Within my dev environment (Windows) I was able to execute the following with no issues:
popen("start /b php my_script.php my_args", "w");Note: 'start /b' forks a windows process - making it run in the background
When executing its equivalent in a Linux environment
popen("php my_script.php my_args &", "w");
In Linux, the server was thrown into a state of confusion, perpetually executing, then aborting the requested shell script command (infinitely starting and exiting the requested php script in the popen command). Obviously explicitly calling the php interpreter from within an executing php process is a particularly nasty thing to do.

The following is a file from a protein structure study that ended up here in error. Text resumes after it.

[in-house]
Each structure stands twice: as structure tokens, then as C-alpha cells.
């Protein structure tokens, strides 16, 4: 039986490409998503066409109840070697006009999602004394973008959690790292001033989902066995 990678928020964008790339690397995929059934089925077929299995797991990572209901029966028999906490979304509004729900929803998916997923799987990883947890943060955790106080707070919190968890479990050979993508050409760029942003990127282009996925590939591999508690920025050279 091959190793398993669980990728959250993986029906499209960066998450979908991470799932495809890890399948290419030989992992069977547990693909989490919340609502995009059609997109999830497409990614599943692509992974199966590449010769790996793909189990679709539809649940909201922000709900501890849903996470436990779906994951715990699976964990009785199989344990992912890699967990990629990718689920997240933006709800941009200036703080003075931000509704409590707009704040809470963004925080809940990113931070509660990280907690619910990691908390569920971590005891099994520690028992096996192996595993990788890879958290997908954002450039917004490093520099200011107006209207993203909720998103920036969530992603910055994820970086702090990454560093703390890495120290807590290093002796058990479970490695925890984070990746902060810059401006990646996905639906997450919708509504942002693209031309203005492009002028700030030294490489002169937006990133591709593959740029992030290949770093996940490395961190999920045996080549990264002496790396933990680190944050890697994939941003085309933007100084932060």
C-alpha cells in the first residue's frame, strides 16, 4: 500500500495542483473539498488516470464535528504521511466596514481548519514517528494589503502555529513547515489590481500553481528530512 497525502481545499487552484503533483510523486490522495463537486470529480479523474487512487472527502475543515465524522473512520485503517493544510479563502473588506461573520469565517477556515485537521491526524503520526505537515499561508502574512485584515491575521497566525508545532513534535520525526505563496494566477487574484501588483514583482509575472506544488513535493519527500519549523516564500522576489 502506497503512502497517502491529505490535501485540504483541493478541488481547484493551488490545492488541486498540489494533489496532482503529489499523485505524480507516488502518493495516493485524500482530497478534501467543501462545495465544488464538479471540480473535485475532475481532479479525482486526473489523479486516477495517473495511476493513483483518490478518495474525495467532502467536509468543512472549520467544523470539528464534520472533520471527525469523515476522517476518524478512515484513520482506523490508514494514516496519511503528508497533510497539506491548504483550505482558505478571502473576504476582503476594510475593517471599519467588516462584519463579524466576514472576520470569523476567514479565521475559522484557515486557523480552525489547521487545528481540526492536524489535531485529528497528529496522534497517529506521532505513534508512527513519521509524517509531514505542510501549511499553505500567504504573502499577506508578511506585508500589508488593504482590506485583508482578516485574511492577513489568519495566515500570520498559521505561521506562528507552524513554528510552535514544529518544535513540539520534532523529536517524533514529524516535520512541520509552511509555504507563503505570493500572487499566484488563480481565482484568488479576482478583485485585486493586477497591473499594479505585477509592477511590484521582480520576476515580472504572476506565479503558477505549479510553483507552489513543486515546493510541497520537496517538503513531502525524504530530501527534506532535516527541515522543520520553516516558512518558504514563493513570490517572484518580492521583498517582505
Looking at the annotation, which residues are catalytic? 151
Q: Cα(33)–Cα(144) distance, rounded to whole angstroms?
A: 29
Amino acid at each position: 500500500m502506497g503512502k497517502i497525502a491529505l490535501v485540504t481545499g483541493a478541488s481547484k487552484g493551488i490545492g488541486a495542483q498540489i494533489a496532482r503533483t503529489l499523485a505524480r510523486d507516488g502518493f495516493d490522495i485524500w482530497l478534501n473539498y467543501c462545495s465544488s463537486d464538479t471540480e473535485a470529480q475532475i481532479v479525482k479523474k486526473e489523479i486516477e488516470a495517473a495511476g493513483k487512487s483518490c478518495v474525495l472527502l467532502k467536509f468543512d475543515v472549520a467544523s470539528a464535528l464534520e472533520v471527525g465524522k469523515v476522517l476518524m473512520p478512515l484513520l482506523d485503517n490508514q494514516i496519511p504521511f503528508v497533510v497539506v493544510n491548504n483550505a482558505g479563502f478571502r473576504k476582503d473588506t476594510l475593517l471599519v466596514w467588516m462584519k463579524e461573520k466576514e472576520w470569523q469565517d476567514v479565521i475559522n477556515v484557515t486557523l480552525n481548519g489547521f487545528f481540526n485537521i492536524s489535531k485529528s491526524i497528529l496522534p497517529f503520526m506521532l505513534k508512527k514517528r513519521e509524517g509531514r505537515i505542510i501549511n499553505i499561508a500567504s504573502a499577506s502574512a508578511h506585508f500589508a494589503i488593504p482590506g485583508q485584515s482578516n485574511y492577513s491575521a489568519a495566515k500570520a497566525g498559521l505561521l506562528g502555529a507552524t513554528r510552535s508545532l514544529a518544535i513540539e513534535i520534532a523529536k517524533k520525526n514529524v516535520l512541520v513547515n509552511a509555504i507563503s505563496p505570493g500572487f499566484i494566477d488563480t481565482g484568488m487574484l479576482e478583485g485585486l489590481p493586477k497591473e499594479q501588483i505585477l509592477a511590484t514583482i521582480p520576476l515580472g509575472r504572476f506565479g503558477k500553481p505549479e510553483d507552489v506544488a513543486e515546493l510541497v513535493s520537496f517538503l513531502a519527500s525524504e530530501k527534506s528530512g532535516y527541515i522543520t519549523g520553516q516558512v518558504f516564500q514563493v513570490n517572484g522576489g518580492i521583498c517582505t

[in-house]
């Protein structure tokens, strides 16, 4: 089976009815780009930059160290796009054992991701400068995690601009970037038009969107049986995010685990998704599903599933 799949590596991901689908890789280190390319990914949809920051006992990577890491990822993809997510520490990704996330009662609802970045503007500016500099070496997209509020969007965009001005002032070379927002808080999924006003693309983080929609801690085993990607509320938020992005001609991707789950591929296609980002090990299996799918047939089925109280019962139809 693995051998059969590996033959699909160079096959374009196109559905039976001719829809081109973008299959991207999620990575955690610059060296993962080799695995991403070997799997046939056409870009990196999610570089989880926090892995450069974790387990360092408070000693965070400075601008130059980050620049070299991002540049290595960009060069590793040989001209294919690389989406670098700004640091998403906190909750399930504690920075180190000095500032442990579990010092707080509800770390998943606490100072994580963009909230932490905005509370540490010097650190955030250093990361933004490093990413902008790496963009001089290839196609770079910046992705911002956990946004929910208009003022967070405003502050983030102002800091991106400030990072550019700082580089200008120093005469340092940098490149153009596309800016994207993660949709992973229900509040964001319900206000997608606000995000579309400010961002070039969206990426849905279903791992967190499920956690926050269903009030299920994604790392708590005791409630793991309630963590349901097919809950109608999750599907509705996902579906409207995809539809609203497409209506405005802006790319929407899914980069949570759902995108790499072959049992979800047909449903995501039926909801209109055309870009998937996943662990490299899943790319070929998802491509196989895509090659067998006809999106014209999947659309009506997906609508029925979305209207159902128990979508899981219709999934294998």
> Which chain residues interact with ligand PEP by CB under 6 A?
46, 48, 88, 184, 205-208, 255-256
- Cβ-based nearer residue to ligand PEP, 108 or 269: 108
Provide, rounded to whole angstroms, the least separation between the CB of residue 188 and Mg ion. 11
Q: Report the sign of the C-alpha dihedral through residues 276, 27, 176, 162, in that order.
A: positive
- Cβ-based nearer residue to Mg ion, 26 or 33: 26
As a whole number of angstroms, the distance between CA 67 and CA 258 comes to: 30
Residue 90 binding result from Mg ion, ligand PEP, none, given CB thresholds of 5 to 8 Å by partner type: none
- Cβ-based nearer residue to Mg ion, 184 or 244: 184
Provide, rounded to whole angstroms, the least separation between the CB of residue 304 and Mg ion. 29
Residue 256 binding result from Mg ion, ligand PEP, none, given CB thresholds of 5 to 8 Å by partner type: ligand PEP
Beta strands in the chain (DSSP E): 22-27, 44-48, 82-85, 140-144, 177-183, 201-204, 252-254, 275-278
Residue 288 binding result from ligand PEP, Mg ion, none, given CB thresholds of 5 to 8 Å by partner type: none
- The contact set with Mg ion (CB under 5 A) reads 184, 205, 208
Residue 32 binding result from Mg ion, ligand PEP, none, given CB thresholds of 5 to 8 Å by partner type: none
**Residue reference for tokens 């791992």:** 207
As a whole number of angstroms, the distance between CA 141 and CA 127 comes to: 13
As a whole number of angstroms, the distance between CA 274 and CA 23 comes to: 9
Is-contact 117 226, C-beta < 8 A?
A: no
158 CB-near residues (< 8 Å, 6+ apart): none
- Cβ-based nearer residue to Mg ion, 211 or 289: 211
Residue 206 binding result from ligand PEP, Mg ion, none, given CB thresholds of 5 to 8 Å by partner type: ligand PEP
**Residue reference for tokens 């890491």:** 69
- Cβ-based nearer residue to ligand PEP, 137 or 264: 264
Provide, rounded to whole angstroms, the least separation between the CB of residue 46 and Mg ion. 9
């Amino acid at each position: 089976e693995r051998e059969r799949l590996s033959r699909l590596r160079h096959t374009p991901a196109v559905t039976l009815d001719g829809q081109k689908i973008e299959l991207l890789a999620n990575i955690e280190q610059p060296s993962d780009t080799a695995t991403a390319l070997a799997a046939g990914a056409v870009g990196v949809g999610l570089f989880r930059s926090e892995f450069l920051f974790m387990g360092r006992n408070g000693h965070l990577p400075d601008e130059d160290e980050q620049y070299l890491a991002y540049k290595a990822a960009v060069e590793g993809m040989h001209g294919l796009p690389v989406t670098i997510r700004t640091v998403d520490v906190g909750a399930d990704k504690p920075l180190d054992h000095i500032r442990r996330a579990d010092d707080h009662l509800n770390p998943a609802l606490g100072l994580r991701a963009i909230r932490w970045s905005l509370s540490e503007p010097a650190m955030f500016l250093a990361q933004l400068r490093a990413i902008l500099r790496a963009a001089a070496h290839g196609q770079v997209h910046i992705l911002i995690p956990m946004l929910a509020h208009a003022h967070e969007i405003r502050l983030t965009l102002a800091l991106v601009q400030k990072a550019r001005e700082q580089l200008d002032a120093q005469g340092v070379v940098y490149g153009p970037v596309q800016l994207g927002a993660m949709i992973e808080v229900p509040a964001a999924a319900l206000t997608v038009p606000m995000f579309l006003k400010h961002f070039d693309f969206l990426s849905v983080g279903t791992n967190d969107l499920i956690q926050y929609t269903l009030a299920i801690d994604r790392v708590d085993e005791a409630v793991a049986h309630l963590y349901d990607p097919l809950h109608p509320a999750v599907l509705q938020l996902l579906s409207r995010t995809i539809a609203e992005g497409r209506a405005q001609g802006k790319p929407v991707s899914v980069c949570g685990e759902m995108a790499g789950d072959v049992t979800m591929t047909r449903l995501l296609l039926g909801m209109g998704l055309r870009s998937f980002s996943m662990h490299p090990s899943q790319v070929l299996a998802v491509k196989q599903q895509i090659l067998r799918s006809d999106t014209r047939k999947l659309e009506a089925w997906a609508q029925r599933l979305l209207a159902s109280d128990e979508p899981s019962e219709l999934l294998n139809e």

I'm assuming this sort of thing doesn't happen in windows as shell script executes in its own command window (which when using proc_open with get_proc_status makes getting a correct PID value problematic). Anyone with futher insight - feel free to leave comments.
To get around this issue, I ensured that in the linux environment, the shebang path to the interpreter appeared on the first line of the executing script, and it was chmod'ed to allow direct cli execution... ie
// my code
// my code
CHMOD command used:
chmod 755 my_script.php
Then finally the linux popen command:
popen("./my_script.php my_args &", "w");
The default working directory of popen, and all other shell script execution methods is always web root (so my_script.php sat in the web root dir).
The same issue occurs with all other shell script execution methods:
system, exec, proc_open, passthru, back ticks (`) etc.